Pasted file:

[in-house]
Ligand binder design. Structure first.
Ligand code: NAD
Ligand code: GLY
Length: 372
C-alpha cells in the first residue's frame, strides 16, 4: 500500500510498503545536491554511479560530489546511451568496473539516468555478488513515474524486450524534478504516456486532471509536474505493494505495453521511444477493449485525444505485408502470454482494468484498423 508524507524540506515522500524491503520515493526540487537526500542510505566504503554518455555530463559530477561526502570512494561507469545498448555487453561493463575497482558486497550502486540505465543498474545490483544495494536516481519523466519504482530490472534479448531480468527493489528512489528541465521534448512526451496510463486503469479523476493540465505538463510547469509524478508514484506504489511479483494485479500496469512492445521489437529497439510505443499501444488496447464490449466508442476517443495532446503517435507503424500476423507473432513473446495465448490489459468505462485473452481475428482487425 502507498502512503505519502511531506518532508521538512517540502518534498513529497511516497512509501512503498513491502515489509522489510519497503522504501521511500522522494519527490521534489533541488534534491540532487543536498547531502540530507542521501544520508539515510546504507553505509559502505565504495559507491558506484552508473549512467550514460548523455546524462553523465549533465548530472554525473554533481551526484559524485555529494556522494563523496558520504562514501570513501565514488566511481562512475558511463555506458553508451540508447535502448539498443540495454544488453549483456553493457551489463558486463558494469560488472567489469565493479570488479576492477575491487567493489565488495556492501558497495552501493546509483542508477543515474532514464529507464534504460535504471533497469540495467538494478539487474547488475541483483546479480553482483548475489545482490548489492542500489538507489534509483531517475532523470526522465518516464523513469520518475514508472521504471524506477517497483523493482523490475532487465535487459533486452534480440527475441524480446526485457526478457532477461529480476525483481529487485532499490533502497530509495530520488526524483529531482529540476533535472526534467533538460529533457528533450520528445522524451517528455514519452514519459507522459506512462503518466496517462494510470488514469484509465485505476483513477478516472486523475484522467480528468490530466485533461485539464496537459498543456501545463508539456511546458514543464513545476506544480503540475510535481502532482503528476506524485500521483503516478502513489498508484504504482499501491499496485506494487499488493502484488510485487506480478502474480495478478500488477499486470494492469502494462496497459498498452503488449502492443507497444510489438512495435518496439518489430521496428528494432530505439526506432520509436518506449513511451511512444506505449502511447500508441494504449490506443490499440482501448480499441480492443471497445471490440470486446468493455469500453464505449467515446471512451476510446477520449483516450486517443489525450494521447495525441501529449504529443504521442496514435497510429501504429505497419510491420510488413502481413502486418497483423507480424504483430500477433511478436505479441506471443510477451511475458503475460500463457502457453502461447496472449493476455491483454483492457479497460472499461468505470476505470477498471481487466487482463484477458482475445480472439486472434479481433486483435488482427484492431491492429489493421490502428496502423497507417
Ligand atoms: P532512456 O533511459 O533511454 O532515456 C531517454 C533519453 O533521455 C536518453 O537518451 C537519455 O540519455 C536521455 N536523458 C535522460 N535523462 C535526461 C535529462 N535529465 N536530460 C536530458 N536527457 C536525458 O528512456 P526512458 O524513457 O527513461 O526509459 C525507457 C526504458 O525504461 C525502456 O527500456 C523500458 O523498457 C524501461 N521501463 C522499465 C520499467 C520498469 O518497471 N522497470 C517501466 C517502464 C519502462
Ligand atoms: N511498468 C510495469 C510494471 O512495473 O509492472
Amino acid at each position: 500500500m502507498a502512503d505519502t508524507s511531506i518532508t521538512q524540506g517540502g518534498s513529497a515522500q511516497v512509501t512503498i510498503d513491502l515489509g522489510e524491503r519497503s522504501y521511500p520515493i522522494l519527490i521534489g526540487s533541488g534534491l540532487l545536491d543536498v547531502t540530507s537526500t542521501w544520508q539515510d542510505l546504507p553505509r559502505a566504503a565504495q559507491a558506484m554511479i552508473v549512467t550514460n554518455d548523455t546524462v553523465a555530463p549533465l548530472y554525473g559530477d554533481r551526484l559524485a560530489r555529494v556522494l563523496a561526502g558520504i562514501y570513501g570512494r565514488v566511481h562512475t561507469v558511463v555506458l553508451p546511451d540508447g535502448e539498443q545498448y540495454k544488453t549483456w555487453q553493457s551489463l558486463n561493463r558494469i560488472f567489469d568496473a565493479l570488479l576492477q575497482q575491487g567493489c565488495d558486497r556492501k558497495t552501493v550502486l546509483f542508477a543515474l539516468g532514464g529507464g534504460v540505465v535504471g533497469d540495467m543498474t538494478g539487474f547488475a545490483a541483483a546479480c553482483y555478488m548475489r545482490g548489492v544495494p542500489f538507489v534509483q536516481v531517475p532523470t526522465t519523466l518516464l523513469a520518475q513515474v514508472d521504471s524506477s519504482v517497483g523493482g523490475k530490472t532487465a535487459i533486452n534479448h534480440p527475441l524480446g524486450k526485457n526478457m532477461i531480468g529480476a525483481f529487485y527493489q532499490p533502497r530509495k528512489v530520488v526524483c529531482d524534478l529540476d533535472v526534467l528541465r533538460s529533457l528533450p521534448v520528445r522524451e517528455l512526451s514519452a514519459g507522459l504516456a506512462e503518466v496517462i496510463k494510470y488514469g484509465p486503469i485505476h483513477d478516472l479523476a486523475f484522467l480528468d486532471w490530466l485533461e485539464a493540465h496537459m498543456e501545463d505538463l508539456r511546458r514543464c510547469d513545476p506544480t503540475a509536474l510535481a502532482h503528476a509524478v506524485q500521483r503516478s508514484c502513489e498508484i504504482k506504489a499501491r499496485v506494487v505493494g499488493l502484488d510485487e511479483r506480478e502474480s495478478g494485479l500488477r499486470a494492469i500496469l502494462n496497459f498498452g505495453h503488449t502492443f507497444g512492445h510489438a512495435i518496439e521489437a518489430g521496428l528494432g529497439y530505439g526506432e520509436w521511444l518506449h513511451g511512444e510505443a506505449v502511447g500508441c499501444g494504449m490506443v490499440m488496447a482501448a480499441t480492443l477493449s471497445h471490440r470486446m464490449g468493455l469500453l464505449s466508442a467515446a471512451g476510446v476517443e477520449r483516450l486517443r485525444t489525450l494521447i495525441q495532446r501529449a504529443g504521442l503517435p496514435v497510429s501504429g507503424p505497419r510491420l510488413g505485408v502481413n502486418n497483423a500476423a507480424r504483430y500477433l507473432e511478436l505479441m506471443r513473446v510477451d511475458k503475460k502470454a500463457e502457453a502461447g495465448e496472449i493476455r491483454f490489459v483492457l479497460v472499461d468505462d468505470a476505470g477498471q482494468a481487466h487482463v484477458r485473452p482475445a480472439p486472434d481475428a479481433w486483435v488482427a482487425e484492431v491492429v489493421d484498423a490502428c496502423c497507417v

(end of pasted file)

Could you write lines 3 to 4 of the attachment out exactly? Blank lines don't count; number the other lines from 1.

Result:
Ligand code: NAD
Ligand code: GLY